In the FIG. 4 embodiment the signal is transmitted to circle generator 70 which provides a signal through switch 22 to display generator 28 causing a circle 72 to be generated on the display generator. The circle has a radius r proportional to the signal with its center located at the same point as the upper end of line 40 occupied in the approach mode. The center of circle 72 will be positioned by a vertical (YY) component transmitted to the display generator from vertical air stream detector 36 and by a lateral (XX) component in the form of a signal transmitted from adder 66 which is the algebraic sum of the signal produced by lateral air stream detector 38 and the signal W,/ V transmitted from multiplier 48 to adder 66.

Referring now to FIG. 6, which depicts the image projected in the pilots field of view, the circle 72, or more particularly the radius r of circle 72, represents the resultant of the vertical correction factors, wind along the deck W the reciprocal of the air speed 1/ V and desired angle of descent The pilot by maintaining the bottom of circle 72 on the desired touchdown point 14 will continually fly along the projected flight path. Generating the circle essentially eliminates the requirement for the roll sensor and the sine-cosine converters. The effect of these elements on the vertical correction factor in the FIG. 3 embodiment is to cause the projected dot to move along the path which is described in the FIG. 4 embodiment by circle 72. With respect to the lateral correction factor the minor effect of aircraft roll angle in conjunction with wind-across-the-deck, also generally a very small factor, does not merit the inclusion in the lateral channel of the extra equipment as described in FIG. 3.

To utilize the embodiment of FIG. 4, the pilot continually maintains the marking 14 at the bottom of the circle, and therefore aircraft roll angle is essentially compensated for by the circle rather than by the sensor and function converters. Proper alignment of the aircraft with respect to angular roll as well as the maintenance of proper air speed is accomplished by maintaining line 31 in a position b'isecting circle 72. One way in which the pilot may accomplish both of these functions without referring to his instrument panels is by maintaining the bottom of the circle on marking 14 through adjustment of the stick while maintaining the line 31 bisecting the cycle by adjusting the throttle. Complete control of the aircraft is thus maintained by the pilot while his attention is continually directed to the external scene including the desired point of touchdown. Maintaining the bottom of circle 72 on marking 14 and line 31 in a position bisecting circle 72 will cause the aircraft to continually progress along the indicated flight path towards the landing point for the conditions sensed by and set on the equipment.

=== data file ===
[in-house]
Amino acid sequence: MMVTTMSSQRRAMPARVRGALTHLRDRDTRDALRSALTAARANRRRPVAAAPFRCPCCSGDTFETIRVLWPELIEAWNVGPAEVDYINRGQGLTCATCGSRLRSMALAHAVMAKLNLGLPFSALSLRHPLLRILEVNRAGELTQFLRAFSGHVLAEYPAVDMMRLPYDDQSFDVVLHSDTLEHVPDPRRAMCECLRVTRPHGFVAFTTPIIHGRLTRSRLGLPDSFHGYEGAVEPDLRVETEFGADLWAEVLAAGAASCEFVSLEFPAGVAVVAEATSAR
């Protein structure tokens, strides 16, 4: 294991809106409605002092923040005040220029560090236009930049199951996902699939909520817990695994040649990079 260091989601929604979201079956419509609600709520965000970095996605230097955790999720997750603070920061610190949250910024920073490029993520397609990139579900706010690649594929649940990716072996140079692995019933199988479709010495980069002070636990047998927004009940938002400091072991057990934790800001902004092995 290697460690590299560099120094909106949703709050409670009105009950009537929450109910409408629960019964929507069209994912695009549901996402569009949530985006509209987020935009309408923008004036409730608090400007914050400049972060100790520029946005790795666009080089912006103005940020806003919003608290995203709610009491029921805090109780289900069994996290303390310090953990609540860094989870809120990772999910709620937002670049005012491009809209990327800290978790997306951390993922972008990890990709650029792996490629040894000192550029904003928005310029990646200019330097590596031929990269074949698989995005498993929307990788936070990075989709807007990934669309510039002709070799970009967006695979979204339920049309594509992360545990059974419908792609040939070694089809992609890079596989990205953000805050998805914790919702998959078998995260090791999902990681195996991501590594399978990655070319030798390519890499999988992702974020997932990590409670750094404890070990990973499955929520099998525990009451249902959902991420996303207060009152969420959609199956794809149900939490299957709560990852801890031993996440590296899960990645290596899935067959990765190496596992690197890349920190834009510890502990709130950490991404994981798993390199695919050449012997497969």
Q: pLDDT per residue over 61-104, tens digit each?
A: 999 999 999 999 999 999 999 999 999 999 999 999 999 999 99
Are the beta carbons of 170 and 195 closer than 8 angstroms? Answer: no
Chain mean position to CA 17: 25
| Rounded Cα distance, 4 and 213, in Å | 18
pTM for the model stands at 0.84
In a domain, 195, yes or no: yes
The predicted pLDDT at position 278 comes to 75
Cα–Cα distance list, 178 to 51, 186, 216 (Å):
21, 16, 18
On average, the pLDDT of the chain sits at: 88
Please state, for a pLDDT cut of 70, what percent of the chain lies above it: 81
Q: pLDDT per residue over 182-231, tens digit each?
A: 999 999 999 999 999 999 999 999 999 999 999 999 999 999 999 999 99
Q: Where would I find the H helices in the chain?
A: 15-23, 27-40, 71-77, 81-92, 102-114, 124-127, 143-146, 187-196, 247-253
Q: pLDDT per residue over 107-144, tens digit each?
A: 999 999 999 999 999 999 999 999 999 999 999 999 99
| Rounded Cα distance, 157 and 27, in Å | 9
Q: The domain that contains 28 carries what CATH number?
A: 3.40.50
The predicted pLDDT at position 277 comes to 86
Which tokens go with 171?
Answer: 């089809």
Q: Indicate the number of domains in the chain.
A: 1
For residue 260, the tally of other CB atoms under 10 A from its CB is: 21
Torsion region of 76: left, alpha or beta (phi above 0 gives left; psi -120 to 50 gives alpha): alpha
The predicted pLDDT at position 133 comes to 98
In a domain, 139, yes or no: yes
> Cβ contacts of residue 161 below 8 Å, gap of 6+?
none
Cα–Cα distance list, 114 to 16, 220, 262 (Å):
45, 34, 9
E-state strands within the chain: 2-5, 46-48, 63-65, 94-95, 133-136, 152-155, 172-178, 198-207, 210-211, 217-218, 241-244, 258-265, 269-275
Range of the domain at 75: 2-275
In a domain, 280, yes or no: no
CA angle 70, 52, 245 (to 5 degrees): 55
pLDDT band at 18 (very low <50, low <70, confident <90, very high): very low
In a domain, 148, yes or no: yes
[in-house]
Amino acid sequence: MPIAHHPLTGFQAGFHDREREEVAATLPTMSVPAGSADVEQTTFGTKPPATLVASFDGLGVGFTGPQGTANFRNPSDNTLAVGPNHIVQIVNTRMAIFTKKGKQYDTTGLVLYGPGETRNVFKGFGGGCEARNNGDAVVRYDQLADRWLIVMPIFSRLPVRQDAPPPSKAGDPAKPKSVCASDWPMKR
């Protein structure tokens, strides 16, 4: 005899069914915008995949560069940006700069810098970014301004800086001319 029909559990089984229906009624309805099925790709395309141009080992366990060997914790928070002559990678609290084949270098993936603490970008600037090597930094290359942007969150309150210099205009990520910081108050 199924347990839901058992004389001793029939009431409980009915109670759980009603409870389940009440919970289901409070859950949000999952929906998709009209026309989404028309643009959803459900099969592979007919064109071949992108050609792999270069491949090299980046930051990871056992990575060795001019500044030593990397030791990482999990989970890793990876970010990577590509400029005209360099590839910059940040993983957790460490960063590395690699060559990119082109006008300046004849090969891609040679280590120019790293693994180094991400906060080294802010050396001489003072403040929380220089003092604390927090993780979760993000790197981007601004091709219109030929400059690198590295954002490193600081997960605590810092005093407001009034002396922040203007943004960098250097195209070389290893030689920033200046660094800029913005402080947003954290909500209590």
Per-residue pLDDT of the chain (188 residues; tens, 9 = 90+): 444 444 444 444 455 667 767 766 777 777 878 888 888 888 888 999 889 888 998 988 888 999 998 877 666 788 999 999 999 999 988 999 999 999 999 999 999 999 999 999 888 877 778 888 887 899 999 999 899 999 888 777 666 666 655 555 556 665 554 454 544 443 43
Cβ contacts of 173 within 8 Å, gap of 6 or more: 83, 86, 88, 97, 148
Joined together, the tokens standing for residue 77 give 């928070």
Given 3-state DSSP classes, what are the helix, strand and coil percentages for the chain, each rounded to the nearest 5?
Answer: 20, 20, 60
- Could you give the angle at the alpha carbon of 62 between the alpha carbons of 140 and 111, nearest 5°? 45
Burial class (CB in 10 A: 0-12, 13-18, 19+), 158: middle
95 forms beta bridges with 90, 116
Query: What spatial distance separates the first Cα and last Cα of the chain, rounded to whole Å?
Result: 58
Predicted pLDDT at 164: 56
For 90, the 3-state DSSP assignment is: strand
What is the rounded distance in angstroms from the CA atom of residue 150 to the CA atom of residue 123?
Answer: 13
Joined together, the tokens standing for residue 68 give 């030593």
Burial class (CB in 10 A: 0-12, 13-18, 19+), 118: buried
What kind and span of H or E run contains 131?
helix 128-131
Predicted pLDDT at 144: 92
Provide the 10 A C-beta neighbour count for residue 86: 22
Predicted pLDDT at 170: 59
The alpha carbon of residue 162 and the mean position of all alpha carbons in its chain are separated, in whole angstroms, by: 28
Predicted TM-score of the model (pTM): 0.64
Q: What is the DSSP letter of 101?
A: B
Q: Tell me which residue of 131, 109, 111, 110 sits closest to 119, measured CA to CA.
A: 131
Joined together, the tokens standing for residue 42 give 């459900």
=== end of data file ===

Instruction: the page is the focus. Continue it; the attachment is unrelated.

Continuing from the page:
As can be seen from the foregoing the present invention provides a simple and accurate landing approach aid which permits the pilot to observe his projected landing approach path without frequent referral to his instruments and further allows his attention to be directed at all times to the rapidly approaching point of touchdown while continually observing his direction of motion with respect to that point.

Obviously many modifications and variations of the present invention are possible in the light of the above teachings. It is therefore to be understood that within the scope of the appended claims the invention may be practiced otherwise than as specifically described.

What is claimed is:

1. A system for accurately and continuously indicating to a pilot the actual flight path of his aircraft through the air mass with respect to a selected touchdown 1 point comprising:

image generating means,

optical mean-s associated with said image generating means for projecting a generated image as an apparent image at optical infinity in the pilots field of view,

first means for sensing the lateral component of the air stream traversing said aircraft and transmitting a proportional electrical signal,

second means for sensing the vertical component of the .air stream transversing said aircraft and transmitting a proportional electrical signal,

a first variable signal generating means for generating a signal proportional to the lateral component of the winds transversing said touchdown pocket,

a second variable signal generating means for generating a signal proportional to the reciprocal of the projected airspeed at the touchdown point,

a third variable signal generating means for generating an electrical signal proportional to the longitudinal component of the winds traversing said touchdown point,